A Street Car Named Desire

Blanche arrives in the New Jersey apartment that is owned by the Kowalskis – in particular, her sister Stella and his brother in law, Stanley. Armed with her striking features, poise and seeming forceful characters, Blanche can immediately relay what her character is all about – power, feminism, liberalism, and absurdity.

In general, she serves as the epitome of a new-age woman who has led her life badly. Her arrival immediately relegates the persona of her pregnant career-less sister, Stella, as a submissive, dependent, and traditional woman. With regards to first impressions, while Blanche can be viewed with envy, antagonism, or admiration, one can only offer sympathy and frustration to Stella.

As for Stanley, he is pretty much the male counterpart of Blanche. He is the embodiment of brutality, abuse, responsibility, sensuality, and excessive power which often exists in many patriarchal societies. Like me, any person who has respect for women would surely hate what he does to Stella. Being ignorant of the truth behind the real life of Blanche, Mitch, like Stella, is another pitiful character.

b. Discuss the presence of reality & illusion in the play. How is it represented?

The sense of reality is presented as a matter of conflict and question not only in the story’s plot but also through its characters. To start with, Blanche lived her life masked by the illusion she creates in order to free herself from the dreadful results of her wrong doings. Stella also lived in an illusion where she regarded domestic abuse as a typical fraction of Stanley’s love for her.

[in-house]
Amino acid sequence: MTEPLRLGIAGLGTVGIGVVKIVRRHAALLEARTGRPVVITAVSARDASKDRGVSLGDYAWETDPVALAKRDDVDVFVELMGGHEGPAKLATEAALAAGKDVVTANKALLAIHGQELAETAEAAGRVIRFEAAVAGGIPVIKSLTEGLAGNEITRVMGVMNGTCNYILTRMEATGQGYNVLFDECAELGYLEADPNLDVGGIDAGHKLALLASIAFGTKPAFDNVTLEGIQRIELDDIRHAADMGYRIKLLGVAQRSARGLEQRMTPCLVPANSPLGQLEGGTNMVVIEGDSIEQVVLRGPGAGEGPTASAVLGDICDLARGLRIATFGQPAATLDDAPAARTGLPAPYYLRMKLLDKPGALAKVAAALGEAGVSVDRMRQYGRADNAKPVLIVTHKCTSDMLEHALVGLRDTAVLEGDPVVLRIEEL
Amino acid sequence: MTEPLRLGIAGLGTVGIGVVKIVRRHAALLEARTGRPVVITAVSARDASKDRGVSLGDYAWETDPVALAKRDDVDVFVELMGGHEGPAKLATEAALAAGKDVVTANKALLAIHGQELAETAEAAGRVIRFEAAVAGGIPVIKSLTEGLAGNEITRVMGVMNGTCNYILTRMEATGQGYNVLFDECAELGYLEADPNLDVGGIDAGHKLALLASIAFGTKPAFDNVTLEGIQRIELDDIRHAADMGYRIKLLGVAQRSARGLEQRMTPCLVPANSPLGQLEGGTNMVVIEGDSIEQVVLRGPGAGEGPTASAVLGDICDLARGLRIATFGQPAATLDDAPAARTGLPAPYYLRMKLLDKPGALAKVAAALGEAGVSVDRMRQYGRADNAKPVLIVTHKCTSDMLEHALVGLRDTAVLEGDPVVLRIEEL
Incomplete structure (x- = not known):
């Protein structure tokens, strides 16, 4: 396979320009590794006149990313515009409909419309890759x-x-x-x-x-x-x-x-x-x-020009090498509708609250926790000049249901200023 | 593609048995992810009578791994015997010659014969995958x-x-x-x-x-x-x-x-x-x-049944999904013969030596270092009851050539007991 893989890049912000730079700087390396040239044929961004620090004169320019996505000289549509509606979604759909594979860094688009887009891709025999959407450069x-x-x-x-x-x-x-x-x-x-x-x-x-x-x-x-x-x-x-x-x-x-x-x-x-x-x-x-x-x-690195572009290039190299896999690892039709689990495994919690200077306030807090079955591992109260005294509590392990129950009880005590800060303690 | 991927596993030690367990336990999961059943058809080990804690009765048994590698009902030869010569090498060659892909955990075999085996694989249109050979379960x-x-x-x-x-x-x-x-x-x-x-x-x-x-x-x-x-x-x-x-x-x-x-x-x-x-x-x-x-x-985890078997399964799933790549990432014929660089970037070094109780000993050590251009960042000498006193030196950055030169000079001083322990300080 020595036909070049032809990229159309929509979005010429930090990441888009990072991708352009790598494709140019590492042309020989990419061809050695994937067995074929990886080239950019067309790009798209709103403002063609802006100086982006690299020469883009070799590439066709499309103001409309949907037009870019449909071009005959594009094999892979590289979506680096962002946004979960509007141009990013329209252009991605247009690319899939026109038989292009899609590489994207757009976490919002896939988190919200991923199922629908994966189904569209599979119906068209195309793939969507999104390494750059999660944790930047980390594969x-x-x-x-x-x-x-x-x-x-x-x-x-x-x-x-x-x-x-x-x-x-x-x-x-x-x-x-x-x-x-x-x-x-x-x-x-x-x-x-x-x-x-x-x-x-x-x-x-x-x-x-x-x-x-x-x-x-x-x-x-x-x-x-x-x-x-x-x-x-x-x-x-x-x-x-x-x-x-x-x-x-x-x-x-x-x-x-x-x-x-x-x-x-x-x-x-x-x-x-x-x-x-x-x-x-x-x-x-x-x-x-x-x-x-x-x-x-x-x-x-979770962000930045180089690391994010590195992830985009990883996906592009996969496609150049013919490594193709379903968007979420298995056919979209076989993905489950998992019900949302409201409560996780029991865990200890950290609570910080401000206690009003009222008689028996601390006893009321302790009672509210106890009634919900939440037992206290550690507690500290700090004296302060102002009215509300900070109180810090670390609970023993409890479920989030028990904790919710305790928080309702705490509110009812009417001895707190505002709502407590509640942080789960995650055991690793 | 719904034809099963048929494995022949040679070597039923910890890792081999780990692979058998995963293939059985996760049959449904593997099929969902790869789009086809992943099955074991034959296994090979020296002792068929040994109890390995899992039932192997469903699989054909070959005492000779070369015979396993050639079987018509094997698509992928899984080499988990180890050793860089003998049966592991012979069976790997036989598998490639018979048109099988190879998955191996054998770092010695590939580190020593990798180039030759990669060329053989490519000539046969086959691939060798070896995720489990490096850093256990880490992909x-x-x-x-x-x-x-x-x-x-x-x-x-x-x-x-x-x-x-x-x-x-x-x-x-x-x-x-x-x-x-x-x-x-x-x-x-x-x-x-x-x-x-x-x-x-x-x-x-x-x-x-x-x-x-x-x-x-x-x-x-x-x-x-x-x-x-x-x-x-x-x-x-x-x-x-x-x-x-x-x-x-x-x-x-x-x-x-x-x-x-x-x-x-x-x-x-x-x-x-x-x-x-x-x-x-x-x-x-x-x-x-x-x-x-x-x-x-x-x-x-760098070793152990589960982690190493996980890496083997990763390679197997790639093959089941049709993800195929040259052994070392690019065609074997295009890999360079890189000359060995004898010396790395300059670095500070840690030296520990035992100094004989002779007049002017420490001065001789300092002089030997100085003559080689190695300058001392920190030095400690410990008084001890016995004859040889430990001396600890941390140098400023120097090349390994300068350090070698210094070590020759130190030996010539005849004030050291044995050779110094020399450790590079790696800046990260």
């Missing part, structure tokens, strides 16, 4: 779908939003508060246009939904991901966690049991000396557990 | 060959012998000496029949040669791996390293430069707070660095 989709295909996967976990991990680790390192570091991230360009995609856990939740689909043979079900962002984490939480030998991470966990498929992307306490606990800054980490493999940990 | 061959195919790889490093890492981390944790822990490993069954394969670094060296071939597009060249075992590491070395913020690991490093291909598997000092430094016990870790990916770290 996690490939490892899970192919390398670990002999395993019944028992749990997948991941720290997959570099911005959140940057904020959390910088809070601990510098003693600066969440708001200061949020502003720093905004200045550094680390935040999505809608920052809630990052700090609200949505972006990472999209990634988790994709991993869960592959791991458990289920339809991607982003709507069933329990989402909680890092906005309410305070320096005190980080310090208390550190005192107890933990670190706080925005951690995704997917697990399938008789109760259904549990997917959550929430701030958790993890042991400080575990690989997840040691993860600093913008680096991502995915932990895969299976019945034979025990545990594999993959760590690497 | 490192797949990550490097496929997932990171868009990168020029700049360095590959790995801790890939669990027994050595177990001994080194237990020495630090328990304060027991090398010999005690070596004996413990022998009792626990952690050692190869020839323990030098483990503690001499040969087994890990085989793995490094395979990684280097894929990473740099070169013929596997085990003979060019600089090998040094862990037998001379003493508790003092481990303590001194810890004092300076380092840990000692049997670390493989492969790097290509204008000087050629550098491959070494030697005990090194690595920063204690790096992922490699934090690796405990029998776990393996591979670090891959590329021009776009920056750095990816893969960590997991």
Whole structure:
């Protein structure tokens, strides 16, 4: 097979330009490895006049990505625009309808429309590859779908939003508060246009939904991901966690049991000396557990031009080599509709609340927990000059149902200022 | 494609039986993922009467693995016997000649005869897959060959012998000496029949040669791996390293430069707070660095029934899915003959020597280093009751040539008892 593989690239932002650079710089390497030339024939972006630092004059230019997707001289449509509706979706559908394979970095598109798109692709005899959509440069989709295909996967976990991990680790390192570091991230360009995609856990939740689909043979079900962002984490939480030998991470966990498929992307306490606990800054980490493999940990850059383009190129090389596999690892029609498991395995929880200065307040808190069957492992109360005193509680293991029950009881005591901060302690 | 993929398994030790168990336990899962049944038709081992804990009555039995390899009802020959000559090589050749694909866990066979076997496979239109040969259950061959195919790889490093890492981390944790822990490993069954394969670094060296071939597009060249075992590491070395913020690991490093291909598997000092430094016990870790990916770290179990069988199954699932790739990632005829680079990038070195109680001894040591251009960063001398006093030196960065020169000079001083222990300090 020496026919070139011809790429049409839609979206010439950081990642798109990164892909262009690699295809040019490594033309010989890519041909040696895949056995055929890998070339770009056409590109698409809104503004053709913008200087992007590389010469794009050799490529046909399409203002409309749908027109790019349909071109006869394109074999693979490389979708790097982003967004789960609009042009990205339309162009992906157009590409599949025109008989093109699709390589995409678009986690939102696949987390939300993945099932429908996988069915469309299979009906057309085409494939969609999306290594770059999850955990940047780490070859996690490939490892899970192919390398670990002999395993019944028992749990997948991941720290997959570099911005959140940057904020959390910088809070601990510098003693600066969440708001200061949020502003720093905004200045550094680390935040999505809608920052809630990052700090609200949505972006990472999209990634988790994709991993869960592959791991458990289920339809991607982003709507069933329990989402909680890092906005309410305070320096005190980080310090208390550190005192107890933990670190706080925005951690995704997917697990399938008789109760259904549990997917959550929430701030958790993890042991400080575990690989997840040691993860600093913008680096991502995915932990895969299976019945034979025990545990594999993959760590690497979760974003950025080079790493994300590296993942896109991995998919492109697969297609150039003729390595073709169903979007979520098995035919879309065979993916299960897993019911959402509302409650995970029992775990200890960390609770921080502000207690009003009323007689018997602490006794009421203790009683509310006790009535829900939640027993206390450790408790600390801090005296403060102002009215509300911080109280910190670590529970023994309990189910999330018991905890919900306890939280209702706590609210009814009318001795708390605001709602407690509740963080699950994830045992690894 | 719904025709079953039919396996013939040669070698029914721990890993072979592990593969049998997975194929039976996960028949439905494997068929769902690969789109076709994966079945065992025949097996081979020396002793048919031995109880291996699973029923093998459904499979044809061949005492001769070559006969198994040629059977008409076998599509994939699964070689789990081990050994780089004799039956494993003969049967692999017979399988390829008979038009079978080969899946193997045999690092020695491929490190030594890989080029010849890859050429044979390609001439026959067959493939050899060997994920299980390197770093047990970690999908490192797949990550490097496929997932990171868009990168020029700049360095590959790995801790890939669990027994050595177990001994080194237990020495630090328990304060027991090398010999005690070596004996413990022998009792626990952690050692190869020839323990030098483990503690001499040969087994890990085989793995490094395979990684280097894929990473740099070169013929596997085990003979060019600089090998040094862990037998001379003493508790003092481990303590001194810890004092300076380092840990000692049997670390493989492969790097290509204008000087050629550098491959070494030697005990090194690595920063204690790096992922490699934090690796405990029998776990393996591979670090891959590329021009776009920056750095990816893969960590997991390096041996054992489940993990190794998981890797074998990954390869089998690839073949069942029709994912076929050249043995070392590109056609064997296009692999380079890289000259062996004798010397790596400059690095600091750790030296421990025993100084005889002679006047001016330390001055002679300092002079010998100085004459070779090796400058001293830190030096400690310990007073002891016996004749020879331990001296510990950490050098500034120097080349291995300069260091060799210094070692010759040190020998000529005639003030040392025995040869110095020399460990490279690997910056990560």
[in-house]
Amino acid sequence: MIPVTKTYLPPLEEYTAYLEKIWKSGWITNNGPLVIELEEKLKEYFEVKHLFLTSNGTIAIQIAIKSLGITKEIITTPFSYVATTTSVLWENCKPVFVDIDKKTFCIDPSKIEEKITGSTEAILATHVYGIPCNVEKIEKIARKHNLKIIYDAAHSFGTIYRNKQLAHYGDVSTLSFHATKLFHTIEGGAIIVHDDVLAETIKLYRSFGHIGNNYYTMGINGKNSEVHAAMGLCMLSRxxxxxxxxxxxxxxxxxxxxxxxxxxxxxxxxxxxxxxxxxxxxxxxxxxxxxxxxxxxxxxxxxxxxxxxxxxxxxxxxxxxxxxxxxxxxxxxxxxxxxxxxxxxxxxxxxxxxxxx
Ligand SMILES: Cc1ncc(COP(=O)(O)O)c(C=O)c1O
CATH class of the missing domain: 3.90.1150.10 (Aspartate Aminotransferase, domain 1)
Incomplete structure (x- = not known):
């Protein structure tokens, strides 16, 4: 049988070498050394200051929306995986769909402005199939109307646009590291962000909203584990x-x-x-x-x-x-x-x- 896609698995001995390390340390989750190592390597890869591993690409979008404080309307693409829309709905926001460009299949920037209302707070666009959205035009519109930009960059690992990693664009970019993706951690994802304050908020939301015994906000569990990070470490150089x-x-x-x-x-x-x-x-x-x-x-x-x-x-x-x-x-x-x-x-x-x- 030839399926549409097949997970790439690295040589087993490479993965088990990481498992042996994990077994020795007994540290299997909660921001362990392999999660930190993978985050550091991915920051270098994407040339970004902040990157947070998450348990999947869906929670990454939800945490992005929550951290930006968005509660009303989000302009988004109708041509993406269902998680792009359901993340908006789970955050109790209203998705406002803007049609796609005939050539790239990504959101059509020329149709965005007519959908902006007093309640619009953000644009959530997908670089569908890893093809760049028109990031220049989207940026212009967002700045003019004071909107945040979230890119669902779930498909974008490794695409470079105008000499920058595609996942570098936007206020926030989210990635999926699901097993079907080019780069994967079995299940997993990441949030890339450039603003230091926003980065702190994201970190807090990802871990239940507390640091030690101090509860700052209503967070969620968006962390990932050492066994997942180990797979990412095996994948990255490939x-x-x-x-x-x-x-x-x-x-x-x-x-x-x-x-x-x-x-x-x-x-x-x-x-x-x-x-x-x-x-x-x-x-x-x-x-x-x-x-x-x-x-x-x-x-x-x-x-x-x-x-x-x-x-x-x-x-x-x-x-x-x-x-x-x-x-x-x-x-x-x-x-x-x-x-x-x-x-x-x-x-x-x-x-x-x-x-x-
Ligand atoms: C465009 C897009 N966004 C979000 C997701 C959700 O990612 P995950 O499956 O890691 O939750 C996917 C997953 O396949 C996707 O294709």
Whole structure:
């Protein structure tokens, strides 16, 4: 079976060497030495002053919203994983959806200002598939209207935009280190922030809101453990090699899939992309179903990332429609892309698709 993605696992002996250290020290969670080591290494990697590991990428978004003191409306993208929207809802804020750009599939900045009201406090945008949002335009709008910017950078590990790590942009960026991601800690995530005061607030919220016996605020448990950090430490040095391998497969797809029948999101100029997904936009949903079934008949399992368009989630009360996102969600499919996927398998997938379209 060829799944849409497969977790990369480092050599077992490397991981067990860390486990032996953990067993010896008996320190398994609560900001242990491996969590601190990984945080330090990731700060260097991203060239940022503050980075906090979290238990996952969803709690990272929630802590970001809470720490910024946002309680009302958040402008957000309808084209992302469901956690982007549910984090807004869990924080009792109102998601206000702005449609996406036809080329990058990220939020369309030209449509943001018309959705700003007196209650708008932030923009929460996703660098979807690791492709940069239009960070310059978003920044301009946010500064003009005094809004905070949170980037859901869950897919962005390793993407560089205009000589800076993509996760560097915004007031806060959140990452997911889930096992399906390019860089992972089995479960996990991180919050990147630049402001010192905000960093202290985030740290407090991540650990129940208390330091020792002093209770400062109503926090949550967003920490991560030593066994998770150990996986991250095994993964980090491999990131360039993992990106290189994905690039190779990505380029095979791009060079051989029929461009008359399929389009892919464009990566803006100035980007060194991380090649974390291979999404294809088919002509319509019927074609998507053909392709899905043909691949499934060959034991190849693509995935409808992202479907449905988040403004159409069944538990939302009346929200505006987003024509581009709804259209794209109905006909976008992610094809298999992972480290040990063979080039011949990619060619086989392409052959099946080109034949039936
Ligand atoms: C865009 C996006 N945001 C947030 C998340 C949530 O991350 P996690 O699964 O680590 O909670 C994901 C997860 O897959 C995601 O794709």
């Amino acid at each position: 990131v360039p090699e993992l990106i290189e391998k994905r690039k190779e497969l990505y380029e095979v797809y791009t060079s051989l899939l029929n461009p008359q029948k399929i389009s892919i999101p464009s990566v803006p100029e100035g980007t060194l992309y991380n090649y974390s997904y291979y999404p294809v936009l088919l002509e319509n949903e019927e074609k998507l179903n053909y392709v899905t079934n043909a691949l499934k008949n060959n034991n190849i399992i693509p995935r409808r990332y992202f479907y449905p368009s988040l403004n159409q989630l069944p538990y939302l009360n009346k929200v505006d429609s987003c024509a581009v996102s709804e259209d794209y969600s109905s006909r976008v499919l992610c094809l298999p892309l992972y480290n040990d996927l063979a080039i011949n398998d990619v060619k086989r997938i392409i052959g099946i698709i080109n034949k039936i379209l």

Mitch also fell into a whirlwind of illusions that Blanche created. Basically, Stanley is probably the only character who is in touch with reality. The play started with an illusion that Blanche created and the quest for reality is the plot. In the end however, the submission of Blanche to illusion or madness became her reality.

c. Do you think Blanche is crazy? Explain.

Blanche was already at the brink of insanity prior to her brutal encounter with Stanley. Throughout the story, we can observe that Blanche has carefully crafted her own fantasy world through the characters that she tried to portray – as a distressed damsel, southern belle or the good school teacher. The way in which she tries to conceal her secrets and the lack of malicious intent to actually manipulate other people just demonstrated her inability to interact with others in a sane manner.

d. Blanche’s first husband was homosexual (as was Tennessee Williams). Discuss the depiction of homosexuality in the play.

Although heterosexual men like Stanley were unfairly portrayed as brutal, one can say that homosexuals were not depicted reasonably in the play as well. Homosexuality was portrayed through Allen Grey, the poet late husband Blanche.

His disgust to himself and his guilt which prompted him to commit suicide proved that homosexuality was demonstrated as something that is devastating, disturbing, and self-destructing. For both Blanche and Allen, the effect was extensively disastrous as one died while the other resulted to rebellious madness.

e. Is there any villain in the play? If there is, who is it? Explain.

To a certain extent, both Blanche and Stanley can be treated as villains. Blanche struggled to ruin the seemingly “harmonious” life of Stella and Stanley. On the other hand, Stanley abuses her wife and also succeeds in crushing Blanche’s fantasies.

f. Do you think Stanley actually harmed Blanche? Do you think she deserved it?

The play implies that Stanley has raped Blanche. Regardless of any circumstance, there is no righteous justification for raping a woman. No matter how hideous one’s character may be, no one deserves to be raped.